Oh, FlashForward. If you were a person, you would be the really eager dyslexic kid who wants to make daddy proud but just can't make the homework make sense. And just like that situation, there's a way to fix the problem and make everything work, but if you don't fix it, you're gonna get canceled/kicked out of TV school.
Basically, the idea behind the show is still interesting, but the lackluster execution is really starting to take its toll on me. It's in the dialogue that feels cut and pasted from Bruckheimer movies. It's in the lack of an effective way to communicate the passage (or not) of time. It's in the sledgehammer-to-the-gonads callbacks and reveals that remind the viewer that ZOMG something from a vision is totally coming true. I didn't go into this show expecting it to be The Wire, but right now I'd settle for Quantum Leap.
The third episode, "137 Sekunden," opened with expository title cards a la Battlestar Galactica. It's a good idea, since it quickly recaps the basic plot and then jumps back into the story. After replaying the scene of Demetri's phone call with the all-knowing Shohreh Aghdashloo, the action jumped to a prison in Munich, where former Nazi Rudolph Geyer is talking with his guard about how he'll be free soon. Apparently Geyer was free in his vision, so you know it's just a matter of time before Mark and the rest come to investigate.
(N.B.: I'm forcing myself to use the character names in hopes it makes the story stick in my head, because in all honesty this show is just 60 minutes of Joseph Fiennes talking to his wife Penny and doing FBI stuff with Harold. The characters feel like placeholders, you know?)
If you like this story, consider signing up for our email newsletters.
SHOW ME HOW
Mark's office is fielding worldwide clues, which leads them to Geyer, who says he knows why the blackout lasted 137 seconds (which is sekunden in German, but I knew you knew that, because you're smart). Mark's all "Chief we gotta go!" and his boss is like "I don't like this but whatevs." So Mark and Janis go to Germany to interview Geyer, who of course wants immediate release and to have all charges dropped, plus a return to America. That's right; Geyer is the German version of Roman Polanski!
Meanwhile, Demetri is chasing down leads from Geyer's vision to check their authenticity, which includes finding the customs guy Geyer saw. He does, and so Geyer's flashforward is verified, but Demetri also finds a bong in the guy's apartment. (Meta-jokes!) The guy asks for slack, since a drug bust would keep him from being a customs officer. He even specifically tells Demetri that Demetri has the power to make the guy's future happen. This could be an interesting development, since Demetri could arrest the guy to see if he eats the charge or gets out of it, which would help determine whether the visions were inevitable. But NOTHING HAPPENS. What the hell?! Is there not going to be a follow on this? How does a series open a door, look through it, then close it and shuffle away?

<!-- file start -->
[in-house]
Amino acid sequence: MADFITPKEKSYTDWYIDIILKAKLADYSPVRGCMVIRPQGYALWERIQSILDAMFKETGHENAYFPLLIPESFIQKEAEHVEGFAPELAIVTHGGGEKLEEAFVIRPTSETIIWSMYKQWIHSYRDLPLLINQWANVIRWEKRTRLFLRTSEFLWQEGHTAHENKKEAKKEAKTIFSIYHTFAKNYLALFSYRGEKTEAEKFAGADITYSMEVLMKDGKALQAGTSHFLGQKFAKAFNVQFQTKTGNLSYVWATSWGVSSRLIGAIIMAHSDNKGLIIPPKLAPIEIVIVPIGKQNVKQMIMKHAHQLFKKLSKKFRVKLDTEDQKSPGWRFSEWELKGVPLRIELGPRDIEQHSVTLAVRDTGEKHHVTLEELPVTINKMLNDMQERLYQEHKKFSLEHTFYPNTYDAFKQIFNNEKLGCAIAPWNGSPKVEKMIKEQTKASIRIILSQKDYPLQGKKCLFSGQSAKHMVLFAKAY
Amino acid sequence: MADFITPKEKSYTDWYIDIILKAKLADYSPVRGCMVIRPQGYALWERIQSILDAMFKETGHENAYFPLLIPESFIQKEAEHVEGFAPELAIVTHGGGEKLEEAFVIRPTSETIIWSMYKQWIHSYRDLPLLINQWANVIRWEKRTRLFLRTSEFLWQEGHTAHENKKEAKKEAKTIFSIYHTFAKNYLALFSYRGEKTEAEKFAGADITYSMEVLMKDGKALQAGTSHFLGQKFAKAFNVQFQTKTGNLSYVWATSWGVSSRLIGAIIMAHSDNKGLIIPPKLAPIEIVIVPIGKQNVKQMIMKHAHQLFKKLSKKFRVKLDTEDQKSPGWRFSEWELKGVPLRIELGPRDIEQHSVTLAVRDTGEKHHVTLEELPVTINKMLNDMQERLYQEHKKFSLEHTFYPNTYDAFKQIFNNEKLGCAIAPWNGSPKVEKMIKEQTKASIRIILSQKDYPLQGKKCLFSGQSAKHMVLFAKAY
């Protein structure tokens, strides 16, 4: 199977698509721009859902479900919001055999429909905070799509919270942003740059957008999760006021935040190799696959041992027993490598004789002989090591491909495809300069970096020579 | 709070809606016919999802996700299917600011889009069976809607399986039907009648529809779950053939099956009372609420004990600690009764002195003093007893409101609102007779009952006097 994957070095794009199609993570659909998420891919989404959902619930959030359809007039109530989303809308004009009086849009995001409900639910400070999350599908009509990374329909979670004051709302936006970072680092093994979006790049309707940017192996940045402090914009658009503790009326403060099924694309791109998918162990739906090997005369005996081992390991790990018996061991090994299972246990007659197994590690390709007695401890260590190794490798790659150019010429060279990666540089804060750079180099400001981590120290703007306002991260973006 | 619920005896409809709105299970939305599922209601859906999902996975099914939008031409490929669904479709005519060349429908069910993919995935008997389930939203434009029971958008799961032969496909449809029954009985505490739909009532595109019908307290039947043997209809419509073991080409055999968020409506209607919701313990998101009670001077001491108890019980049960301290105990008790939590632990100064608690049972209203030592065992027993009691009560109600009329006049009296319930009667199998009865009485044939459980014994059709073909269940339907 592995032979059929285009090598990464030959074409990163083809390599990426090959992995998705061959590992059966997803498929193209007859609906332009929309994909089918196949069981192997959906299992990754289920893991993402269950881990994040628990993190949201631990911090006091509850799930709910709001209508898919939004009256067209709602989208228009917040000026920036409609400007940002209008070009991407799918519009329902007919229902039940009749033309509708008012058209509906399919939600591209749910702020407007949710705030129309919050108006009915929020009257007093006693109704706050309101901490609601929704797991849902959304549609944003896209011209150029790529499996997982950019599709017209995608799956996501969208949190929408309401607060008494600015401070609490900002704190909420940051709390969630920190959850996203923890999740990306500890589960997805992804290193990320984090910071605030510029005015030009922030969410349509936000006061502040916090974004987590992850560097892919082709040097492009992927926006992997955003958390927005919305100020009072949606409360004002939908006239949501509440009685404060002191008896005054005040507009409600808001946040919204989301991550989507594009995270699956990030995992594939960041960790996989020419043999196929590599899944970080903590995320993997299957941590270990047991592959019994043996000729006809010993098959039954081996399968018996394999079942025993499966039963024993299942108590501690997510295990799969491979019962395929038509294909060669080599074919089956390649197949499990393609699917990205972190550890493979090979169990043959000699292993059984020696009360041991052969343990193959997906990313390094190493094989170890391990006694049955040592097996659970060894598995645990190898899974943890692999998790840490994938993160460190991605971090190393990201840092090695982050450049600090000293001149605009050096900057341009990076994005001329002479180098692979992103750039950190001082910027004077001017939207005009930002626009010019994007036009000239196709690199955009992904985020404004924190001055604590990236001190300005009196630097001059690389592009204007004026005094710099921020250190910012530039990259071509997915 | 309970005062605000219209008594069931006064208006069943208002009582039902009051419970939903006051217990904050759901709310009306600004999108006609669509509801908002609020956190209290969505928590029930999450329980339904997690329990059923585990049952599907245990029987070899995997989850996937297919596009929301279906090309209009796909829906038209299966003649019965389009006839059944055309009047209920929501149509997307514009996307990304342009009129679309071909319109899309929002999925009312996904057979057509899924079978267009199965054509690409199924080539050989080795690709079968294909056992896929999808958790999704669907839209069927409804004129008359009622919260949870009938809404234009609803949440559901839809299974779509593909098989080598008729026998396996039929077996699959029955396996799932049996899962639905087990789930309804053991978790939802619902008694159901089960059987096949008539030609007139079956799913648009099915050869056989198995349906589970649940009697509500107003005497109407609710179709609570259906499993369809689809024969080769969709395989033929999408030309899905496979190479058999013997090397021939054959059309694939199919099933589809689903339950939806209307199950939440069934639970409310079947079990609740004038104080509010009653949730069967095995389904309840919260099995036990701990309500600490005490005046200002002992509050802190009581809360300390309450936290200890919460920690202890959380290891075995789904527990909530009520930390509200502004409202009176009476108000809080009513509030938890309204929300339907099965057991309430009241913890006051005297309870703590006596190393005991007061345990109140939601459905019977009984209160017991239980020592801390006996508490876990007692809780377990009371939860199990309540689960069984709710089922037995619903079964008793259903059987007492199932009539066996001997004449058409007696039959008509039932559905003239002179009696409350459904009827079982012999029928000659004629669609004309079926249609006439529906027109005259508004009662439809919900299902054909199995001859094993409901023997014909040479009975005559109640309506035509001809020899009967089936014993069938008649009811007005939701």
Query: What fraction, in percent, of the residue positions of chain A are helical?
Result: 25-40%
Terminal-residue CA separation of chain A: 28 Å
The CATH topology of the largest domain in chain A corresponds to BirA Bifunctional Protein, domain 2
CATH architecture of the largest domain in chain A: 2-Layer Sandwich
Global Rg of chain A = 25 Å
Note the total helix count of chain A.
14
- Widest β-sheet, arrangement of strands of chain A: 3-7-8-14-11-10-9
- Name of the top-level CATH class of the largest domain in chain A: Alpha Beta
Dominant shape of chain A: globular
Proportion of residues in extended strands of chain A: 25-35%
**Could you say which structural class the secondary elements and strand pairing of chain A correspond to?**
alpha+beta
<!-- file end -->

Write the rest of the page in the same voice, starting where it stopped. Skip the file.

Blerg. Mark gets Geyer freed, but the guy was blowing some serious smoke about understanding the blackout; he'd just heard himself say Mark's name in his vision and reverse-engineered a legal prison break. But Mark winds up okay with it because Geyer told Mark he had a gut feeling that the dead crows he saw in the prison after his vision are important, and sure enough Mark finds that a bunch of crows dropped dead in Somalia in 1991, which coincided with a village reporting a mass loss of consciousness. Fire up the wagon and let's go to Africa!
Random thoughts: Demetri's fiancée is played by Gabrielle Union, which lets showrunners pack twice the minorities into half the plot. Smooth! Plus, she was flying to L.A. from Seattle now that the airports are finally open again, but why not just take I-5? It was also clear from her dialogue that the blackout happened less than a week ago, but FlashForward is terrible at showing that compressed sense of time passing or the effects of the blackout's destruction. Aside from a few cool shots of still-smoldering buildings, things seem pretty hunky-dory everywhere, including Los Angeles. And no way would that be the case. There should be wrecks everywhere, a sense of endless rebuilding. But the show's too antiseptic, and until it starts to feel gritty, it'll never feel real.